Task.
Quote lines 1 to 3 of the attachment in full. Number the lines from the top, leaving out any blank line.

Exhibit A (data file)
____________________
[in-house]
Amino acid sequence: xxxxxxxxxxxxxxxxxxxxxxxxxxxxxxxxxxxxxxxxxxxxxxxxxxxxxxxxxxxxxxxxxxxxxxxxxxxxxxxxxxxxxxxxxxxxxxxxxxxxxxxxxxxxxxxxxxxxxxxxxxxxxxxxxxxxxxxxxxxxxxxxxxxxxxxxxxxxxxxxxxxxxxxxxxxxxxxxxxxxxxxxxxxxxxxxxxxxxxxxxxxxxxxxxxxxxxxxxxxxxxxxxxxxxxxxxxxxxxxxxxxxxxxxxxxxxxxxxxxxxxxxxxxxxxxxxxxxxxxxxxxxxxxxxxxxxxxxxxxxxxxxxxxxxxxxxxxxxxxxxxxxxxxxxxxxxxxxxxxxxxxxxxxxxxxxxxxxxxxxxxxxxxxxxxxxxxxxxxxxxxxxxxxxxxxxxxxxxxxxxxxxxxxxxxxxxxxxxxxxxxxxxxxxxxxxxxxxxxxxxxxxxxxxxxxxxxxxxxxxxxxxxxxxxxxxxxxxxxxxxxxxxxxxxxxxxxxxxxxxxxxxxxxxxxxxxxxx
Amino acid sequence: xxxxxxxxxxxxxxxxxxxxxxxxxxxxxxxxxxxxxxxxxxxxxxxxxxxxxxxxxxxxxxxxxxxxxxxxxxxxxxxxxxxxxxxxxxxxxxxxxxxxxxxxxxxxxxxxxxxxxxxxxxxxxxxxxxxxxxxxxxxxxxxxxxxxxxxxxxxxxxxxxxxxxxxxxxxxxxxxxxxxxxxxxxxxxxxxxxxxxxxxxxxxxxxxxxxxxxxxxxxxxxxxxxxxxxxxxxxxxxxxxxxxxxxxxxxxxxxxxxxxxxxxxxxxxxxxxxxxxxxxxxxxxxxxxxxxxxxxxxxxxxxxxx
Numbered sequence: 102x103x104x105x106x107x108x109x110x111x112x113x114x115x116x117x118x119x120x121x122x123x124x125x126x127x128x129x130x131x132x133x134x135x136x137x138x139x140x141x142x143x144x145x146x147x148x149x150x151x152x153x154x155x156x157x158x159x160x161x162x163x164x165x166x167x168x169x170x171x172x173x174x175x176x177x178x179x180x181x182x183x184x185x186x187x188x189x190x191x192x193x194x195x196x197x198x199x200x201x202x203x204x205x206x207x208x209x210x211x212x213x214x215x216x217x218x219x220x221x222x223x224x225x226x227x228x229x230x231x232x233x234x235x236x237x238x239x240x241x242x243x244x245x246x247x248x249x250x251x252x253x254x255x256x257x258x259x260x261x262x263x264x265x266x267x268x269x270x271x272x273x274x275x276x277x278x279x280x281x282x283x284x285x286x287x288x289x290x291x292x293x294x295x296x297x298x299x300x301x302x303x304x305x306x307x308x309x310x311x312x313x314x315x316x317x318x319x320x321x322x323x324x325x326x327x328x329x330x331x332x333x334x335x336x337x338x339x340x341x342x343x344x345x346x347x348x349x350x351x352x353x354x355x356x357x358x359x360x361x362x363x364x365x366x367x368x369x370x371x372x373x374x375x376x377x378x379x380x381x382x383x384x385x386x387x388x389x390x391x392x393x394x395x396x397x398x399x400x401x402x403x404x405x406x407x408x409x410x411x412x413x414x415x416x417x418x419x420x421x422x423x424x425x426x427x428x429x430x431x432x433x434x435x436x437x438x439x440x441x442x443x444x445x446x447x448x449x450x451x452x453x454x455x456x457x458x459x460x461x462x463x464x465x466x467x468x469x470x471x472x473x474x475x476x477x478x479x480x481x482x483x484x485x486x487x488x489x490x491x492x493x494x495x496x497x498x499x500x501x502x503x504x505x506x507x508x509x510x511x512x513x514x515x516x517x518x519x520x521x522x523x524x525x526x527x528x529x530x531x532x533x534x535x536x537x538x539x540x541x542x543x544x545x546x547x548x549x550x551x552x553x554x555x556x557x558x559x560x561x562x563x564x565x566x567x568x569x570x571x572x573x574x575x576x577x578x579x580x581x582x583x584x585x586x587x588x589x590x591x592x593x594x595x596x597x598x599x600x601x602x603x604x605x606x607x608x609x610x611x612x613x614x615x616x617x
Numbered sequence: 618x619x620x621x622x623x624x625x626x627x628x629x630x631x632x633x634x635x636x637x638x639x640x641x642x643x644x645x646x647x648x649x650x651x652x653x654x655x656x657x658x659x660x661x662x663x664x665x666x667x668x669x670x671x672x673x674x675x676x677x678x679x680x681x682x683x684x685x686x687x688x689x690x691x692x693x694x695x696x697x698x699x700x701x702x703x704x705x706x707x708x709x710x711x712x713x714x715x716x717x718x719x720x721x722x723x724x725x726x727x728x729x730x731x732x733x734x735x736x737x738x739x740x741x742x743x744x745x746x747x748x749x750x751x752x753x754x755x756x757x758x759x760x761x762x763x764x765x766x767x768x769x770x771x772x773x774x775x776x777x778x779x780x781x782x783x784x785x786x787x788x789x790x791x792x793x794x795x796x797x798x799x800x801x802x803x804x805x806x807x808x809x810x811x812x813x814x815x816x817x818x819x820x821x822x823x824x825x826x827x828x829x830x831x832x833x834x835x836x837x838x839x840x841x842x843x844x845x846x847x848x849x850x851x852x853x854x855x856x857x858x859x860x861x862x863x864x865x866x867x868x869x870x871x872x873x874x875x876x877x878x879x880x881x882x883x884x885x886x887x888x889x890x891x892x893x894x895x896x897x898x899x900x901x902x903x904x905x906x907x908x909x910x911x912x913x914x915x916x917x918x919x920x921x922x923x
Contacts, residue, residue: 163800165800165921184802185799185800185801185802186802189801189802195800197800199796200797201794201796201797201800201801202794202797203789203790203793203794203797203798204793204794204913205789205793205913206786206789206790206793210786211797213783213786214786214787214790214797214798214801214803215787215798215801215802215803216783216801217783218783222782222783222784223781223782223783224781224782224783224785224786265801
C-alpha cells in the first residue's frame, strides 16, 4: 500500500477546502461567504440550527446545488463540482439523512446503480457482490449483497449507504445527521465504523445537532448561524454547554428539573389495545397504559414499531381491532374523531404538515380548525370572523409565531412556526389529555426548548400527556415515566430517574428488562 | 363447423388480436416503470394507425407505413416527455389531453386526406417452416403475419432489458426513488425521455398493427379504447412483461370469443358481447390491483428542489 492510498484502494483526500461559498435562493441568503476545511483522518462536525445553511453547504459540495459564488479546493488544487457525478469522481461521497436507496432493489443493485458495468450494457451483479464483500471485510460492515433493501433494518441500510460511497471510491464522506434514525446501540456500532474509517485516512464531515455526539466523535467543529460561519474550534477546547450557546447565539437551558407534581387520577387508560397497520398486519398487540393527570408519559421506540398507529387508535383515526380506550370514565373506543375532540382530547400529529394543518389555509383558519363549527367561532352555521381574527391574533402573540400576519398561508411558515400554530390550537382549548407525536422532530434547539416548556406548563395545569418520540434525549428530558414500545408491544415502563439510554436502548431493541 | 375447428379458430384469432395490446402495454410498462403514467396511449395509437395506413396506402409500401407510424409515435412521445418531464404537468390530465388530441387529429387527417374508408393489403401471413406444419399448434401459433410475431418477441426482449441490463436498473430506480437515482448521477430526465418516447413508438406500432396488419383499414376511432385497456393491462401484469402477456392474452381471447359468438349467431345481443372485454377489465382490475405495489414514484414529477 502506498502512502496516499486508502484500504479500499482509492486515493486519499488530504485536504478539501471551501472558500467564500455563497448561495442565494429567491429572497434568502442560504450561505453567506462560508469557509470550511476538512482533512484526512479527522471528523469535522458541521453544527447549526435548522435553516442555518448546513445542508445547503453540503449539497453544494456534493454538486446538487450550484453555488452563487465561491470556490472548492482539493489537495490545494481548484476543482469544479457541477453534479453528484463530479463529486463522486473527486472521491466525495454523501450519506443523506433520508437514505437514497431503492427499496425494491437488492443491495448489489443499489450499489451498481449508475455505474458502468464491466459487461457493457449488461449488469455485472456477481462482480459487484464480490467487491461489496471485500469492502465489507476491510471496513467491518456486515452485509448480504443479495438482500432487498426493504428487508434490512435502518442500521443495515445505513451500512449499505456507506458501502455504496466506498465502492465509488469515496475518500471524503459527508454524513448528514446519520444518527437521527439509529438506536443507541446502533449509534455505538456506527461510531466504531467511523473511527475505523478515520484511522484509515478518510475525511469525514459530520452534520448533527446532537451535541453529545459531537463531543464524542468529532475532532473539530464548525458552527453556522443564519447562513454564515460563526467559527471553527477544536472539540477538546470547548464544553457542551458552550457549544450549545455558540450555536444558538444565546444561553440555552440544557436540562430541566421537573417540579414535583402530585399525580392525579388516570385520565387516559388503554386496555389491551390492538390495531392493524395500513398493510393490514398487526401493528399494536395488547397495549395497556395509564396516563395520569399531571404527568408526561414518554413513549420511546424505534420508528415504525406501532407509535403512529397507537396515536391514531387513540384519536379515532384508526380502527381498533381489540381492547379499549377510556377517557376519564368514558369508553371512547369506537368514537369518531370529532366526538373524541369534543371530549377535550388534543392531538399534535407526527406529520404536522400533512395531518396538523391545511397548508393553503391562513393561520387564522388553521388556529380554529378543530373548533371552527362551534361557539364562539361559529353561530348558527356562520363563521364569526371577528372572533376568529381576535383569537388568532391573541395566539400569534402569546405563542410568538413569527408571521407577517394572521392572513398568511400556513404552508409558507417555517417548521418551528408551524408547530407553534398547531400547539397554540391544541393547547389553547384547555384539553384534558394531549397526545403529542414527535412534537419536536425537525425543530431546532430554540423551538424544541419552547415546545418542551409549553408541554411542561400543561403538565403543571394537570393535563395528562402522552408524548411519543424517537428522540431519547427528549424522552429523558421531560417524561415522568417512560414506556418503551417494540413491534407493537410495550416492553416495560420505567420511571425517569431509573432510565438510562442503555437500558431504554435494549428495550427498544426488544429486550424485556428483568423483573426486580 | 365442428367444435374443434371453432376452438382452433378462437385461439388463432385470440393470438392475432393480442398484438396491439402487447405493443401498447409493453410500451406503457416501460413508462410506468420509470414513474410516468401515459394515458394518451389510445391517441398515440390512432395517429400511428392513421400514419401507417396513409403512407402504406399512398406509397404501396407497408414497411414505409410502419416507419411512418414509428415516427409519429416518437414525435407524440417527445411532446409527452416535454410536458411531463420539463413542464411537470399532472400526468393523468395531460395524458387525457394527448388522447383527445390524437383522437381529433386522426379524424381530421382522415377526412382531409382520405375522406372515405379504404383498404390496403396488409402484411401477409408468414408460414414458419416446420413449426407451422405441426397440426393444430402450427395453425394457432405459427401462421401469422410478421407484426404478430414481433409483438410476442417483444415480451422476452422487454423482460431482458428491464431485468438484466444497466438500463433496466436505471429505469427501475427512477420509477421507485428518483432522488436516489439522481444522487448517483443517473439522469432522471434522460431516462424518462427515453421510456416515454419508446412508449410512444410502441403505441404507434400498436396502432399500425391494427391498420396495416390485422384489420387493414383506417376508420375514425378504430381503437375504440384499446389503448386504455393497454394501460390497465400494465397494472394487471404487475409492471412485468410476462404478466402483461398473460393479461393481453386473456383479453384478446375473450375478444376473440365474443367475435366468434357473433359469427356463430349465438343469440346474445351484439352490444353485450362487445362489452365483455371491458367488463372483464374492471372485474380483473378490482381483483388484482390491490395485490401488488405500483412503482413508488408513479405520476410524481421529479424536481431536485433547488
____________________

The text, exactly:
[in-house]
Amino acid sequence: xxxxxxxxxxxxxxxxxxxxxxxxxxxxxxxxxxxxxxxxxxxxxxxxxxxxxxxxxxxxxxxxxxxxxxxxxxxxxxxxxxxxxxxxxxxxxxxxxxxxxxxxxxxxxxxxxxxxxxxxxxxxxxxxxxxxxxxxxxxxxxxxxxxxxxxxxxxxxxxxxxxxxxxxxxxxxxxxxxxxxxxxxxxxxxxxxxxxxxxxxxxxxxxxxxxxxxxxxxxxxxxxxxxxxxxxxxxxxxxxxxxxxxxxxxxxxxxxxxxxxxxxxxxxxxxxxxxxxxxxxxxxxxxxxxxxxxxxxxxxxxxxxxxxxxxxxxxxxxxxxxxxxxxxxxxxxxxxxxxxxxxxxxxxxxxxxxxxxxxxxxxxxxxxxxxxxxxxxxxxxxxxxxxxxxxxxxxxxxxxxxxxxxxxxxxxxxxxxxxxxxxxxxxxxxxxxxxxxxxxxxxxxxxxxxxxxxxxxxxxxxxxxxxxxxxxxxxxxxxxxxxxxxxxxxxxxxxxxxxxxxxxxxxxxxxxxxxx
Amino acid sequence: xxxxxxxxxxxxxxxxxxxxxxxxxxxxxxxxxxxxxxxxxxxxxxxxxxxxxxxxxxxxxxxxxxxxxxxxxxxxxxxxxxxxxxxxxxxxxxxxxxxxxxxxxxxxxxxxxxxxxxxxxxxxxxxxxxxxxxxxxxxxxxxxxxxxxxxxxxxxxxxxxxxxxxxxxxxxxxxxxxxxxxxxxxxxxxxxxxxxxxxxxxxxxxxxxxxxxxxxxxxxxxxxxxxxxxxxxxxxxxxxxxxxxxxxxxxxxxxxxxxxxxxxxxxxxxxxxxxxxxxxxxxxxxxxxxxxxxxxxxxxxxxxxx